“The question is whether the environmental organizations are going to try to advocate that [gene editing] is just an extension of GMO technology and try to have it banned,” says Smyth. “But, given what I’m seeing, it’s an incredibly powerful technology. It’s just an extension of the plant breeding or mutation breeding that has been going on for 80 years.”
Lucy Sharratt sits on the other side of the debate. She is a coordinator at the Canadian Biotechnology Action Network (CBAN), a coalition of 16 organizations that have concerns about genetic engineering in food and farming. Sharratt says gene editing is still genetic engineering and there is no distinction between gene editing and GMOs.
“This is about an intervention in the genome and these are new products that continue to be hidden from consumers in the marketplace,” she says. “All of the environmental, safety and social and ethical questions raised by genetic engineering as it exists in our food system are also raised by the use of these new techniques.”
The question, she adds, is how successful will the biotechnology industry be in trying to reclassify gene-editing technology as non-GM with their public relations push “because there’s no reason to expect that gene-edited foods will be any less of a concern to consumers than other genetically engineered foods.”
At present, Canadian consumers are divided on whether they believe genetically modified or engineered foods are safe. In a 2018 Dalhousie University survey of 1,046 Canadians, 37.7% said they believe genetically modified or engineered ingredients and foods are safe to eat and 34.7% think they are not. The study shows that Canadians are concerned most about GMO fish and seafood, followed by pork, beef, poultry and dairy. They are least concerned about GMO fruits and vegetables.
There are mixed results on the health front too. While nearly 35% of Canadians believe that we understand the health effects of genetically modified or engineered food, more than 44% believe we do not. However, Canadians are overwhelmingly in favour of labelling, which is not mandatory for GM foods in Canada. Seventy percent of survey respondents strongly agree and 18.5% somewhat agree that GMO food and ingredients should be labelled on all packages.
TO REGULATE OR NOT TO REGULATE?
Andreas Boecker, associate professor, food, agriculture and resource economics at the University of Guelph, says even if consumers are aware of the difference between gene-edited foods and GMOs, the technique itself won’t make a difference in terms of consumer acceptance.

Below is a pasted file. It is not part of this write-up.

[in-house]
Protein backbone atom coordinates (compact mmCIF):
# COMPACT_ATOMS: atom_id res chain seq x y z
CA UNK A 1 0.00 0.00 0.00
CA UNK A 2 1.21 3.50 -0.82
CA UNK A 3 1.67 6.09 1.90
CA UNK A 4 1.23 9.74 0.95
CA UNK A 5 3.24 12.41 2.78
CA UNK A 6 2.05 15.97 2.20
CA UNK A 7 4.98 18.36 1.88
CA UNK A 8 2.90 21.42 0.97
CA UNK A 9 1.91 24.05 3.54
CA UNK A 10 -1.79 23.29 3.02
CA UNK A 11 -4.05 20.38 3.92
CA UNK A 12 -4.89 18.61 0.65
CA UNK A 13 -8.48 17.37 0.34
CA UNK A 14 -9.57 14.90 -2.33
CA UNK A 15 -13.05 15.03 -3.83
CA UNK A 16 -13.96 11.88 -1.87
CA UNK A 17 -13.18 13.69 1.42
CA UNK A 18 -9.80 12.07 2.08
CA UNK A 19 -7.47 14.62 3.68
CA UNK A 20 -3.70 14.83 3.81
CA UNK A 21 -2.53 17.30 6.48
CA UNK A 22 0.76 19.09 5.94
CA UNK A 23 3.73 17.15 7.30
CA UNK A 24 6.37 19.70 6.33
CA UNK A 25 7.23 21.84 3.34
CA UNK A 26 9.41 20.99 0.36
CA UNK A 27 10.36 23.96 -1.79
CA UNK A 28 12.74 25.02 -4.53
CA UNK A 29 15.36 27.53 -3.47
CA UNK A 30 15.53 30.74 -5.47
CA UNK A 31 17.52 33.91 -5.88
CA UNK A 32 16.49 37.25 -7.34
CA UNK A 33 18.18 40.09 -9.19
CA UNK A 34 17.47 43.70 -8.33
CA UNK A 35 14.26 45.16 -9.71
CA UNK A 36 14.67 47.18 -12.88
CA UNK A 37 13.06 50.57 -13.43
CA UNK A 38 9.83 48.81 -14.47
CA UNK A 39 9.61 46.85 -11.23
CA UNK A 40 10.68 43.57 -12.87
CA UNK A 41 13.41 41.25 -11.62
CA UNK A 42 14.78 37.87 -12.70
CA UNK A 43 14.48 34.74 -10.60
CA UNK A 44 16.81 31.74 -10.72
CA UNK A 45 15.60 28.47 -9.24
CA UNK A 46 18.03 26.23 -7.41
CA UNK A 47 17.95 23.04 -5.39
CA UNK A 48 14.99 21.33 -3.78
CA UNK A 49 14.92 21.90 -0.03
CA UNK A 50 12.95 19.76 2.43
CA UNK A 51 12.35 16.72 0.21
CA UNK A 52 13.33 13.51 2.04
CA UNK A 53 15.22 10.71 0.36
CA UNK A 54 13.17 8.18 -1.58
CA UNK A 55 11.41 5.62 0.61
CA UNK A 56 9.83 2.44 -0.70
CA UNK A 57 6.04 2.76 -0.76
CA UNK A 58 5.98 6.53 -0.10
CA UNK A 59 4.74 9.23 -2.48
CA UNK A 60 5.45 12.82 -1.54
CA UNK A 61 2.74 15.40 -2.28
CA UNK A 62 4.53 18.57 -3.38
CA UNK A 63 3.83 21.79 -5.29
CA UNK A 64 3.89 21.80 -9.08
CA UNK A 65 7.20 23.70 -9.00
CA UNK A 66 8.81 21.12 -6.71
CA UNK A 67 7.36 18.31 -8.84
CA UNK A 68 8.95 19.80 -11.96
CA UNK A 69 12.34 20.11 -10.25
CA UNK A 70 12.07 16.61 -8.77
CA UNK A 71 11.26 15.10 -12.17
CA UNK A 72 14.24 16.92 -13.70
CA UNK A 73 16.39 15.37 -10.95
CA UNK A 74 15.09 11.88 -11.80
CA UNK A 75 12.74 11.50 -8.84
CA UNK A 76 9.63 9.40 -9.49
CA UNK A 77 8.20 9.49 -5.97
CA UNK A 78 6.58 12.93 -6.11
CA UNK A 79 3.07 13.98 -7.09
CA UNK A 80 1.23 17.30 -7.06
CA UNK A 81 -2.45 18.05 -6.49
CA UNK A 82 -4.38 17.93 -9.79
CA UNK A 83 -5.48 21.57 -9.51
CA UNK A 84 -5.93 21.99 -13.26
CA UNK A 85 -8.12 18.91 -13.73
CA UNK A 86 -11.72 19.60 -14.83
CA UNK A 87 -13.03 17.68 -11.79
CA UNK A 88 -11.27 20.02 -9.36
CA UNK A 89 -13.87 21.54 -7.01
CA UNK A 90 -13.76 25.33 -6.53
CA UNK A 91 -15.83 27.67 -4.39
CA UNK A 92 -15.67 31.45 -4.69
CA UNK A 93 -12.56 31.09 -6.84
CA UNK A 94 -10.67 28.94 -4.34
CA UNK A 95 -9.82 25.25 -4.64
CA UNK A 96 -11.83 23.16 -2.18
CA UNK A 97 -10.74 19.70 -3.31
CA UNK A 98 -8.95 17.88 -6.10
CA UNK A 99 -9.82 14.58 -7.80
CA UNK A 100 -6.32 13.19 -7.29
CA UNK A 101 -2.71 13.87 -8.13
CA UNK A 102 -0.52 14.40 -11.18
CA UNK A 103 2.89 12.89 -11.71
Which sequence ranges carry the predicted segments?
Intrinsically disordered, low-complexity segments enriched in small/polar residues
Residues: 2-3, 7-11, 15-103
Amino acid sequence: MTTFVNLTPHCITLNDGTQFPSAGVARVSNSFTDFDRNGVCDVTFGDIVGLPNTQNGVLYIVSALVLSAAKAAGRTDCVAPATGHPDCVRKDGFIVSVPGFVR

“When you look at the efforts of anti-GMO groups, they want gene editing to fall under the same regulations as transgenic products, or genetic modification,” says Boecker. That’s the case in Europe, where the European Union’s highest court ruled in July 2018 that gene-edited crops should be subject to the same stringent regulatory process as conventional GMOs.
The United States, on the other hand, is taking a hands-off approach to gene editing. Last March, the United States Department of Agriculture (USDA) announced it will not regulate plants bred with gene-editing techniques. In a statement, the agency said the new techniques “are increasingly being used by plant breeders to produce new plant varieties that are indistinguishable from those developed through traditional breeding methods.”
In Canada, the regulatory framework is based on the novelty of the food product, not the process by which the product was developed. All foods derived from GM organisms that exhibit a new trait, no longer exhibit a trait previously present, or exhibit a trait that falls outside the range of natural variation are considered novel foods. If a product is considered novel, a safety assessment is conducted by Health Canada, regardless of the method used to develop it (for example, conventional breeding or gene editing). In an email to Canadian Grocer, a spokesperson for Health Canada said the agency is not looking at making amendments to the regulations with regards to gene-edited foods.
However, in a presentation at the Organization for Economic Co-operation and Development Conference on Genome Editing in Paris last June, CFIA director Christine Tibelius noted: “Canada is committed to ensuring that new technologies do not face obstacles to innovation while ensuring sufficient oversight to protect public interest, and is consulting with value chain stakeholders to ensure that our regulatory system continues to perform well as new technologies emerge.”